(...) every energy supply model starts with the assumption that Saudi oil is plentiful. It's inexpensive to produce and supply can expand to meet demand.(...)
MATT: Yes. What's interesting is that we've based all of this assumption on no data. (...) I mean, it would be like someone assuming General Electric could basically grow by 30% per annum, and that by 20 years from now they'd have a company that was bigger than the economy of the United States, because they needed to do that to support their stock price, and no one ever saying, "Wait a sec, how could a single company ever grow beyond the economy of the United States."
But this is far more important in the unforeseen consequences: that we've effectively built a world economy on the illusion that Middle East oil would last forever at inexpensive cost.
Cheap?! Oil's at $60 a barrel!" I say "what $60 per barrel is, is 18 cents a pint."
And obviously it's cheap. I don't know what's the next cheapest liquid we actually sell in any bulk is, that has any value. I suspect there are places around the United States where municipal water costs more than 18 cents a pint.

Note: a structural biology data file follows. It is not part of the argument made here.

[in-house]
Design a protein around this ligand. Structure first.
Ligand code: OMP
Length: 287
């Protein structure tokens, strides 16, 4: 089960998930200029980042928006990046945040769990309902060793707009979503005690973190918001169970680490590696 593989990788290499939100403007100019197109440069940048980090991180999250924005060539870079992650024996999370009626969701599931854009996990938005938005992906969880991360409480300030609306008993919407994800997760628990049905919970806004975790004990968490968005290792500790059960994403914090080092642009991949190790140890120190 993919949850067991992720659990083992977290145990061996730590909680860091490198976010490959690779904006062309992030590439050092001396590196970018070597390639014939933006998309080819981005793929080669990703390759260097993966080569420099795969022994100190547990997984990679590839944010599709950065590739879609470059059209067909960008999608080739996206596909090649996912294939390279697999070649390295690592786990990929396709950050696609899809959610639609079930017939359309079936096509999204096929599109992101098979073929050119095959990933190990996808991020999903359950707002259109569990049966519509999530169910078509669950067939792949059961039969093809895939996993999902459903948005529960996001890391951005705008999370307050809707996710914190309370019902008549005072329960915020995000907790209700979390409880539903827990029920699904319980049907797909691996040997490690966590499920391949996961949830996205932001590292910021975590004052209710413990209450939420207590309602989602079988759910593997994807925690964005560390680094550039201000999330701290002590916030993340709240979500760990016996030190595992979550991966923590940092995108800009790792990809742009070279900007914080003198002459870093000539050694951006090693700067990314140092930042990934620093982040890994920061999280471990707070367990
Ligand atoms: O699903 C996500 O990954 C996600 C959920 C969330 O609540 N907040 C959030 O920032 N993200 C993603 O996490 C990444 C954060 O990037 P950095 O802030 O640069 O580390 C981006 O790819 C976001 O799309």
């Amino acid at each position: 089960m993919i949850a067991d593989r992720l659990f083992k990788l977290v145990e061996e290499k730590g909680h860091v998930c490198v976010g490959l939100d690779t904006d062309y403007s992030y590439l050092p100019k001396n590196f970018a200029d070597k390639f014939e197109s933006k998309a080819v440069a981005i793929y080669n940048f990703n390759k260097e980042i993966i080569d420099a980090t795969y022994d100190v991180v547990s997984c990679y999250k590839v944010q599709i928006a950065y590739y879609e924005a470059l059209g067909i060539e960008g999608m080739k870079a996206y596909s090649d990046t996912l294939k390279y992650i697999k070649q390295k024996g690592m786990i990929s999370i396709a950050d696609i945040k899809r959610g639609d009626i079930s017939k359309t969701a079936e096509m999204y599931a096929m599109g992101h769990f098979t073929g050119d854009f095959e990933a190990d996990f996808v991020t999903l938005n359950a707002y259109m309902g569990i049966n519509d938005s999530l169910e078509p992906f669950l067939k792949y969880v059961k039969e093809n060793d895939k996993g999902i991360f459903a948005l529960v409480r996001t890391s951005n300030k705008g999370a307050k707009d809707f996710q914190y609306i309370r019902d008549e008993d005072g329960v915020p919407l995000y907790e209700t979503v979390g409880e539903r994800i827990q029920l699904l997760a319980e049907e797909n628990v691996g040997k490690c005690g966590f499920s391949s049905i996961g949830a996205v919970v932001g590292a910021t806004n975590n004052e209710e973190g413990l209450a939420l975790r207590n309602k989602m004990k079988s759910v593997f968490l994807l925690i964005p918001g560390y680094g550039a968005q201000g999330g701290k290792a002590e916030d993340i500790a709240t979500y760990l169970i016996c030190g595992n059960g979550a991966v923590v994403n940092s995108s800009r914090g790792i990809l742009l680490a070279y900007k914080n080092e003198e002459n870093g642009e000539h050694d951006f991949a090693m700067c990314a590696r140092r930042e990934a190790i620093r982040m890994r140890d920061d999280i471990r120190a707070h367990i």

And yet for some reason, we created a society that was built on a belief that oil prices in a normal range were some place in the $15-20 level. It turns out $15/barrel, which is the average price of oil - in 2004 dollars - it sold for, for the last 140 years, is less than 4 cents a pint. So we've basically used up the vast majority of the world's high flow rate, high quality sweet oil at prices that were effectively so cheap, you basically couldn't sustain an industry.
And now we're left with lots of oil. But it's heavy, gunky, dirty, sour, contaminated with various things, it doesn't come out of the ground very fast, is very energy intensive to get out of the ground and we're going to pay a fortune for it.
The interview goes into very detailed asides on the history of Saudi oil, the discovery in the late 60s of the last 3 oil provinces ever found (Alaska, North Sea and Siberia) all now far beyond their peak, the delusions of people like CERA's Daniel Yergin (Simmons suggests that he published his recent study saying that a glut of oil will come on the market in the next 5 years - which I critiqued here - , because Saudi Aramco is one of their top clients), the history of "paper reserves" (the fact that official Saudi oil reserves have not changed in 20 years) and the illusions of the young oil engineers who trust their computers and their technology more than their geology. Like I said, go read it in full.
He points out that all future scenarios for oil production count on 25 mb/d of future Saudi production and states that this is absolutely impossible, and he mentions some internal discussion in Aramco that strongly suggest that some people there know it (but have been silenced). He says that Saudi oil production is unlikely to ever go beyond 12 mb/d, and that there is a strong chance that it could actually collapse in the near future.
His prognosis for 2030: 10-20 mb/d is possible (as opposed to 84 mb/d today).